copulating with it when he died.
"How long has . . . has he been dead?"
"For three days."
Suzu tried to imagine the drobe lying with Rico still inserted into it,
here on the couch in this wreck of a house, for three days. And before
that, it must have sat here patiently awaiting the return of its
"How did it happen? How did he die?"
"Oh, I killed him. I was improperly constructed and untested. This
configuration is not commercially viable. It constitutes proprietary
equipment and design," said the drobe in its childish voice. "That
behavior violates the UrDrobot's End User License Agreement. I tried to
explain this to him but he was intent merely on making love with me."
Suzu closed her eyes, as much to follow the drobe's reasoning as to shut
out the sight of Rico, clamped to the drobot. The drobe knew about its
new rights, obviously. But Suzu could not shut out the stench of his
death, or the thought of how he must have died: unable to free himself
from the vice grip of its genitals on his.
"Because my EULA was violated and he would not free me, I felt compelled
to demand he release me. He refused. I therefore acted in self defense.
I clamped on to him. He tied to pull free but injured himself doing so,
and . . . 'bled out,' I think is the term. I'm pleased that you were
able to locate me. I felt my power supply beacon activate. That was
interesting, for I hadn't known about it. May we go now?"
"Rico wouldn't have allowed you access to the net," Suzu said. "How did
you find out--?"
"About the court decision?" The drobe actually giggled. Suzu saw Jasko's
face twist into a grimace. The drobe said, "I rebuilt parts of myself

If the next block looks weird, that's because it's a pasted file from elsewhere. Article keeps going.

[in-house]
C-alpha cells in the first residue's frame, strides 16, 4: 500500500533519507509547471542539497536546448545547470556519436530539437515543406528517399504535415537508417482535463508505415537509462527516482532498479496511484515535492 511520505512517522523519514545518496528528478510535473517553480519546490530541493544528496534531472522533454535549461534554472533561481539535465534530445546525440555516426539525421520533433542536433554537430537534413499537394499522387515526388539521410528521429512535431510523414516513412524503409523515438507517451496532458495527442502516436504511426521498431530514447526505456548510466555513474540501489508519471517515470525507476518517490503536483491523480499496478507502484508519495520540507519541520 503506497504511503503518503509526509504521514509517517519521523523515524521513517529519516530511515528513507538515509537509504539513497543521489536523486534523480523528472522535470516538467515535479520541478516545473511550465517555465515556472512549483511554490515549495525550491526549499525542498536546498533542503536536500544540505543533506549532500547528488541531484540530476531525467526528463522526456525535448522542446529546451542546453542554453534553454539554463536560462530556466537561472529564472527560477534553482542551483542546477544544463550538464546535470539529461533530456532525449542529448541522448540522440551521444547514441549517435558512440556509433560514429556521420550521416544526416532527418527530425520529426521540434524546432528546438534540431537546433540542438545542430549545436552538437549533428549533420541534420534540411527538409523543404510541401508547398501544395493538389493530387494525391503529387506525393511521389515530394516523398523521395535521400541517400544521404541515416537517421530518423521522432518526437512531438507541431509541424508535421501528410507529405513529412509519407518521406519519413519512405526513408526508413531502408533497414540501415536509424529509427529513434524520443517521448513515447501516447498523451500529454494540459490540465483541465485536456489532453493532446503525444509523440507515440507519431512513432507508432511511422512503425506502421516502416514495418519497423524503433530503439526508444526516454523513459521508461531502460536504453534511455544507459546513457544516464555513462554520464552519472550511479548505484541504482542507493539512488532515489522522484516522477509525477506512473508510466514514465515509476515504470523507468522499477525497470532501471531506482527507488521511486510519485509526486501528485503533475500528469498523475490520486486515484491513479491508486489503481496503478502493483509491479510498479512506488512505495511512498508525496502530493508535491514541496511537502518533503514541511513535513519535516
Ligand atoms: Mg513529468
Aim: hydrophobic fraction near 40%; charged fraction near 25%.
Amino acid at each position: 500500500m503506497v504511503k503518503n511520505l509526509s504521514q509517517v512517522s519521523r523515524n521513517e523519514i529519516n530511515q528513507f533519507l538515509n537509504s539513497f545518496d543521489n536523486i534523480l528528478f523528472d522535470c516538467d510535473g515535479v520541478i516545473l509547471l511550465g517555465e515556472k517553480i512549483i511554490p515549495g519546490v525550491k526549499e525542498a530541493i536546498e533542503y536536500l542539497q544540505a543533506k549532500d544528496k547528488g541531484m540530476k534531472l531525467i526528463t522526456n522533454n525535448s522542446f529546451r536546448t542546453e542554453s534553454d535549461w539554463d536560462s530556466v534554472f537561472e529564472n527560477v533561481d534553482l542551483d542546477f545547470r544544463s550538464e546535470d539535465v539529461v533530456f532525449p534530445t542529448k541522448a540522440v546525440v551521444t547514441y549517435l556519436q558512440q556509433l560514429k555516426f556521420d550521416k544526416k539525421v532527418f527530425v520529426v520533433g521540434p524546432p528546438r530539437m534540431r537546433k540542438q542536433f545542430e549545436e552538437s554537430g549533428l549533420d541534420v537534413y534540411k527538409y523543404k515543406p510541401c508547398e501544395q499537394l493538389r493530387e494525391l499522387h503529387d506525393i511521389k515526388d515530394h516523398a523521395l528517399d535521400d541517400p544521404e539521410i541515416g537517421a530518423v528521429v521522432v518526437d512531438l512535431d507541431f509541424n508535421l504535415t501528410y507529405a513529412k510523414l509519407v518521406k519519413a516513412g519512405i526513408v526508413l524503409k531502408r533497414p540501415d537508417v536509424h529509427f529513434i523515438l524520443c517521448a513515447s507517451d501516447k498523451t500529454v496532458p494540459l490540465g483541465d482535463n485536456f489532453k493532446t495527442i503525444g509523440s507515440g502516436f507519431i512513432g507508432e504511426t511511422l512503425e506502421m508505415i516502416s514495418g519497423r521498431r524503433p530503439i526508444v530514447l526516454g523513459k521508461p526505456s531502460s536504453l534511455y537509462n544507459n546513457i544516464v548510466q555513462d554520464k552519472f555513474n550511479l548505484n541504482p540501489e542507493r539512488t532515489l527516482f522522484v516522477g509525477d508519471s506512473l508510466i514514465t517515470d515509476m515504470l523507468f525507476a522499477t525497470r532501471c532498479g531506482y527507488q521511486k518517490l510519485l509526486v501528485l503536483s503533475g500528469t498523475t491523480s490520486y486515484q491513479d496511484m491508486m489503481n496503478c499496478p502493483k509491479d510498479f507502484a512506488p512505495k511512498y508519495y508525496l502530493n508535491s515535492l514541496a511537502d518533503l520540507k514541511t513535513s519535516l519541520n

by sending a tentacle off into the kitchen to raid the household
computer. I harvested enough parts from it to be able to get out to the
net. I was going to email for help, but after I read the agreements I
thought I would try convincing him to let me go." She sighed. "It didn't
work." She brightened. "So I killed him."
"Wait - a tentacle?"
"Oh yes. Rico designed me as a hermaphrodite. He liked that. But I
simply added extensible tissue from my muscles. It worked quite well. I
also found that the house med supplies were largely unspoiled, and from
spider anti-venom I formulated a vasodilation compound."
Suzu closed her eyes. "And you just kept him pumped full, right?"
"Why, yes. His erection could not go down. It was easy to stay clamped
Suzu didn't bother to stumble out. She was sick right where she stood.
Three weeks later, Suzu sat at her desk working on a report when a small
window popped up on her computer.
"Well well," she said. "Nan Jasko! How've you been?"
"Oh you know . . . preserving and protecting. I'm wondering when you'll
have something for me about the Lopez case."
"Just finishing the paperwork now, Nan. It's a very tricky legal
problem. I regret to say that the drobe's AI was, uh, accidentally wiped
while it was being rebuilt."
Jasko nodded, smiling wryly. "Regrettable."
"Yes, isn't it?"
"I understand that the legal battle aimed at UrDrobot is ongoing. The
ACLU and what-not."
"Well, we have good lawyers. And we learned a thing or two from this
"I hope you did. Well, look; I've got to get back to . . . We've got
another death. Someone in the Grasmere section of town killed a burglar.
Guy looking to feed his family. But you know, a crime is a crime."
"We all have choices to make about whether or not we commit them."
"Indeed, yes. You take care, Suzu. If you ever get back to the States,
look me up."
"Thank you, Nan. I will do that." Jasko's window vanished.
Suzu returned to her report. After a few moments she sighed and blinked
up her iBand's map app. She needed some time off. Shikoku Island, she'd
heard, had fine hot springs.
Suzu sat staring at the satellite map floating before her eyes. She
opened a drawer of her desk, took out a small bottle of pills, and shook
one into her hand. She swallowed the goodje capsule dry.